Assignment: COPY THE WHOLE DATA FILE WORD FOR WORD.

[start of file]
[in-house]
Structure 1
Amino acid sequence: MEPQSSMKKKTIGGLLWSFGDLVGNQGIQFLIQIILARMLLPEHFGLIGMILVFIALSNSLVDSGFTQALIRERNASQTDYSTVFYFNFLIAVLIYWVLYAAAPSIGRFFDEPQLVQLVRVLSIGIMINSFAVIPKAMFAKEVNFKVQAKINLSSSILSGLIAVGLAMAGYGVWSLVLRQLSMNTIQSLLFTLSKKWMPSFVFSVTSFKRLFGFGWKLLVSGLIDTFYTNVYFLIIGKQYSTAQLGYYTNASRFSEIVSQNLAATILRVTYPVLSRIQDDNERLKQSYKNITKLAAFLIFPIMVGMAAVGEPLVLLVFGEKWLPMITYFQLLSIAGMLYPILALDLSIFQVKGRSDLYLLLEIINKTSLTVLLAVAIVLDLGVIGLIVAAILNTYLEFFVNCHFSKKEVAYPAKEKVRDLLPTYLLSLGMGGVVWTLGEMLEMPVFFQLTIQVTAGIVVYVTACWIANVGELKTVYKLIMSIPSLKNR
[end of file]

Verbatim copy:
[in-house]
Structure 1
Amino acid sequence: MEPQSSMKKKTIGGLLWSFGDLVGNQGIQFLIQIILARMLLPEHFGLIGMILVFIALSNSLVDSGFTQALIRERNASQTDYSTVFYFNFLIAVLIYWVLYAAAPSIGRFFDEPQLVQLVRVLSIGIMINSFAVIPKAMFAKEVNFKVQAKINLSSSILSGLIAVGLAMAGYGVWSLVLRQLSMNTIQSLLFTLSKKWMPSFVFSVTSFKRLFGFGWKLLVSGLIDTFYTNVYFLIIGKQYSTAQLGYYTNASRFSEIVSQNLAATILRVTYPVLSRIQDDNERLKQSYKNITKLAAFLIFPIMVGMAAVGEPLVLLVFGEKWLPMITYFQLLSIAGMLYPILALDLSIFQVKGRSDLYLLLEIINKTSLTVLLAVAIVLDLGVIGLIVAAILNTYLEFFVNCHFSKKEVAYPAKEKVRDLLPTYLLSLGMGGVVWTLGEMLEMPVFFQLTIQVTAGIVVYVTACWIANVGELKTVYKLIMSIPSLKNR